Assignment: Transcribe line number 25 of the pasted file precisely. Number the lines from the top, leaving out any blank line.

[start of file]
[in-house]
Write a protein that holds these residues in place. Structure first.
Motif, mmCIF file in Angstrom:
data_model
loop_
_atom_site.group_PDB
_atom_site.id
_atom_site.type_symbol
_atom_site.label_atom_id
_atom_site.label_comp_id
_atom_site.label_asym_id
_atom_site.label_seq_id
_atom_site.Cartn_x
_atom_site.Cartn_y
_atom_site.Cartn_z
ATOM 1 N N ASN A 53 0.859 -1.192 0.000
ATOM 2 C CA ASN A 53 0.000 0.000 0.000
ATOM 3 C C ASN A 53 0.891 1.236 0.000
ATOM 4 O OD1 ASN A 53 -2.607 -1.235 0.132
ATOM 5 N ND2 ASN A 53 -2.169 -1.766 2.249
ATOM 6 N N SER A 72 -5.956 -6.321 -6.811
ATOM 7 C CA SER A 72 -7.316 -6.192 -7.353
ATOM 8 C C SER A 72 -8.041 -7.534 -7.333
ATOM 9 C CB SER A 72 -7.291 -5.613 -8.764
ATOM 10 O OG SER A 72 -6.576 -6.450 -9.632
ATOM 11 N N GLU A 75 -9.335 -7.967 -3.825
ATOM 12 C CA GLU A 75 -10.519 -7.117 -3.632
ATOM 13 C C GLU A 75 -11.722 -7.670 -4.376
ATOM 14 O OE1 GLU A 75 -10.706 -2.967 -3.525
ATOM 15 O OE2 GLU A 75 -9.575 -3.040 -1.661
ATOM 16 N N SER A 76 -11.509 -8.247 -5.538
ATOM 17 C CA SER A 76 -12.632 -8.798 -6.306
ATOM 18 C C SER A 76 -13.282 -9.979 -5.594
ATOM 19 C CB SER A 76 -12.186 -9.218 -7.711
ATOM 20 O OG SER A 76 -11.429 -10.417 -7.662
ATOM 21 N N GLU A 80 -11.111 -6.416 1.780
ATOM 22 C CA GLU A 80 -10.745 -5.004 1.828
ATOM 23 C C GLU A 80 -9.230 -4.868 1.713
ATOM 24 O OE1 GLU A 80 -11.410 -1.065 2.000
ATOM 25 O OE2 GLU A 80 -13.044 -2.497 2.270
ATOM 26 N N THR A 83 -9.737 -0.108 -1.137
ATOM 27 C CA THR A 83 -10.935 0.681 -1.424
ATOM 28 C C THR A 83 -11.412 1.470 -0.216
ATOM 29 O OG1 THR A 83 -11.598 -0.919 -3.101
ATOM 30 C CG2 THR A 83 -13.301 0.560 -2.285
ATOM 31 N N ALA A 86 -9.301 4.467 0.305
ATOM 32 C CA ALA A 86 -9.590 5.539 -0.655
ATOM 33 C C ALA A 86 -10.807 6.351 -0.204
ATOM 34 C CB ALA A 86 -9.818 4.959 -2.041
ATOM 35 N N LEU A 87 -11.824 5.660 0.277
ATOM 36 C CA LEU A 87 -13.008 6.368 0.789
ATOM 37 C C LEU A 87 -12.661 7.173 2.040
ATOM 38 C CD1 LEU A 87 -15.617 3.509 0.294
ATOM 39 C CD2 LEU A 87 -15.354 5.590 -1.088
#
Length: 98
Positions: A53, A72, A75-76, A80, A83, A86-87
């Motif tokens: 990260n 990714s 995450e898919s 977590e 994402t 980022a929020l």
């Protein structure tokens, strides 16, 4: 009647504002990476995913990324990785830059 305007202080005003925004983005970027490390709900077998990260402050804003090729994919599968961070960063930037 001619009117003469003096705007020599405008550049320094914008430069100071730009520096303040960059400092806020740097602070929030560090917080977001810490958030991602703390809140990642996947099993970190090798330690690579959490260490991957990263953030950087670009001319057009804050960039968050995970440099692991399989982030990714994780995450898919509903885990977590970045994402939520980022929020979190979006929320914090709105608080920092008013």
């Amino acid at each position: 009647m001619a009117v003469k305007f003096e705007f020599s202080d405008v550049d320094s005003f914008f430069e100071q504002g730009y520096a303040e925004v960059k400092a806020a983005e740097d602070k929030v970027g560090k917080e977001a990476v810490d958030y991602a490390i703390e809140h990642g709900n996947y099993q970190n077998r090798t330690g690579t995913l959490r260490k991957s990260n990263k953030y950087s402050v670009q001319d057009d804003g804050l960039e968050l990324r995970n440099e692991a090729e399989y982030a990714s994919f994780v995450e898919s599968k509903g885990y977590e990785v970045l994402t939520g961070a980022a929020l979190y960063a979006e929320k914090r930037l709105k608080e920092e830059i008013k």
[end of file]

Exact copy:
ATOM 10 O OG SER A 72 -6.576 -6.450 -9.632